Assessing market demand for Finger Lakes specialty cheese

Project Overview

Project Type: Partnership
Funds awarded in 2013: $15,000.00
Projected End Date: 12/31/2016
Region: Northeast
State: New York
Project Leader:
Monika Roth
Cornell Cooperative Extension Tompkins County

Annual Reports


  • Animals: goats, sheep
  • Animal Products: dairy


  • Education and Training: farmer to farmer, networking
  • Farm Business Management: budgets/cost and returns, marketing management, farm-to-institution, market study, risk management, value added
  • Sustainable Communities: sustainability measures

    Proposal abstract:

    Specialty cheese producers in the Finger Lakes need to balance time demands for cheese making and sales. Greater efficiency is needed to ensure viability of individual farms as well as the FL Cheese Trail operating for mutual benefit. The group lacks market data for sound decision making. A thorough market analysis is needed. The viability of small artisan cheese producers depends on effective marketing. This project will: 1)describe current markets 2) identify potential new markets 3) determine distribution logistics and costs 4) analyze wholesale pricing 5) evaluate producer capacity to meet price and volume requirements. The project will involve primary research using surveys and interviews to gather data from producers, buyers and distributors. We will characterize current markets, distribution tactics, and production capacity of cheese makers in the Finger Lakes. A second step will be to identify new cheese outlets in the Finger Lakes and in metro areas (Buffalo, Albany, Hudson Valley, NYC); to assess potential based on volume and ability of producers to meet demand, prices, and distribution costs. A marketing plan will summarize results and provide a road map for growing collective marketing of Finger Lakes Cheeses via regional and statewide market channels. Grant results will be shared via farmer, extension, and SARE reports and conferences.

    Project objectives from proposal:

    This project will elicit baseline information about producer capacity, current markets, cost of marketing, and market potential for farmstead and artisan cheese makers in the Finger Lakes.
    This project will focus on market research:
    1) describe current markets utilized by FL cheese producers, associated costs and returns
    2) identify the potential to expand marketing in the FL region and beyond into metro areas of the state
    3) determine the logistics and costs associated with mobilizing cheese into new markets
    4) analyze wholesale pricing for cheese (competitive consumer prices, standard industry margins and mark ups)
    5) capacity of FL cheese producers to meet price and volume for expanded marketing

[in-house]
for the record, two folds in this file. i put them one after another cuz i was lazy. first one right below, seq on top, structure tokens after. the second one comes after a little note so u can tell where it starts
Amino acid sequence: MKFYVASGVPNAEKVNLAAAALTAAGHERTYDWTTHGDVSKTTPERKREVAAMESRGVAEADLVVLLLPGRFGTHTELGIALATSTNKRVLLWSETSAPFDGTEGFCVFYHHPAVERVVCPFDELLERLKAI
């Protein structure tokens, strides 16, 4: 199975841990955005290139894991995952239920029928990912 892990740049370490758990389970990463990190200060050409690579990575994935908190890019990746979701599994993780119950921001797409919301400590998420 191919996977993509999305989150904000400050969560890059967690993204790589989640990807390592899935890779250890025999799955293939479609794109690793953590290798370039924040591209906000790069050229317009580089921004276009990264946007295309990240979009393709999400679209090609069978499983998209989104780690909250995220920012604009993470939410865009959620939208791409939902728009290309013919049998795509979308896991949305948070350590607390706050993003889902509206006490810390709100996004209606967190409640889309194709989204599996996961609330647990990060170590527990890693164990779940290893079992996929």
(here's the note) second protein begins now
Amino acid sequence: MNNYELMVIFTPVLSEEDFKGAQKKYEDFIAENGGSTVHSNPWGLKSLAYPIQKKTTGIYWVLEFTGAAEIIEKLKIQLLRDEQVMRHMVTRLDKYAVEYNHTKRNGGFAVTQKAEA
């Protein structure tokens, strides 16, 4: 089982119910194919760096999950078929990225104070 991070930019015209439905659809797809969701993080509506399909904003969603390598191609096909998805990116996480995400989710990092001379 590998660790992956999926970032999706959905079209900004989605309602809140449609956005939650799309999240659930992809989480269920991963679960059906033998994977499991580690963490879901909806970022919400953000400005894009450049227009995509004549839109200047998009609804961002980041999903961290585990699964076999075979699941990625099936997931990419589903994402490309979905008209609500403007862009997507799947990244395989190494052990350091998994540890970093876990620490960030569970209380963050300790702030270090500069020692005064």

The end goal of this work is to produce a marketing plan for FL Cheese Trail members that provide a roadmap for market expansion through collaborative effort. Our hope is to identify the right size markets for producers that provide the price points that farmers can live with and grow their businesses, improving farm sustainability and
    quality of life.

    The project will involve primary research using survey instruments and interviews as the key means of soliciting data from producers, buyers and distributors. We will draw upon published data and prior studies to inform our work and avoid gathering information that is already known.
    Survey questions will be developed with input from Cornell researchers. Surveys will be tested prior to release by at least 2 cheese makers.

    STEP One: characterize current markets, distribution tactics, and production capacity of artisan and farmstead cheese makers in the Finger Lakes. We will do this by: developing a survey that producers complete, and follow up as needed in person to fill data gaps. We envision creating an online input form so answers are standardized and can be easily summarized.
    The above data will help us measure the following:
    -current markets and volume of sales per channel (e.g. farmers market, restaurants, specialty food stores, retail stores, distributors) will enable us to quantify demand by channel and help
    producers understand the performance of each channel – i.e. what is the volume demanded by each channel, what are the returns, what time is involved in serving this channel
    -distribution strategies used by farmers and how those impact cost of doing business - i.e. what are the comparative costs when farmers do their own marketing and distribution versus utilizing a distributor; when does it make most sense for the farm to deliver product (distance and volume), compared to using a distributor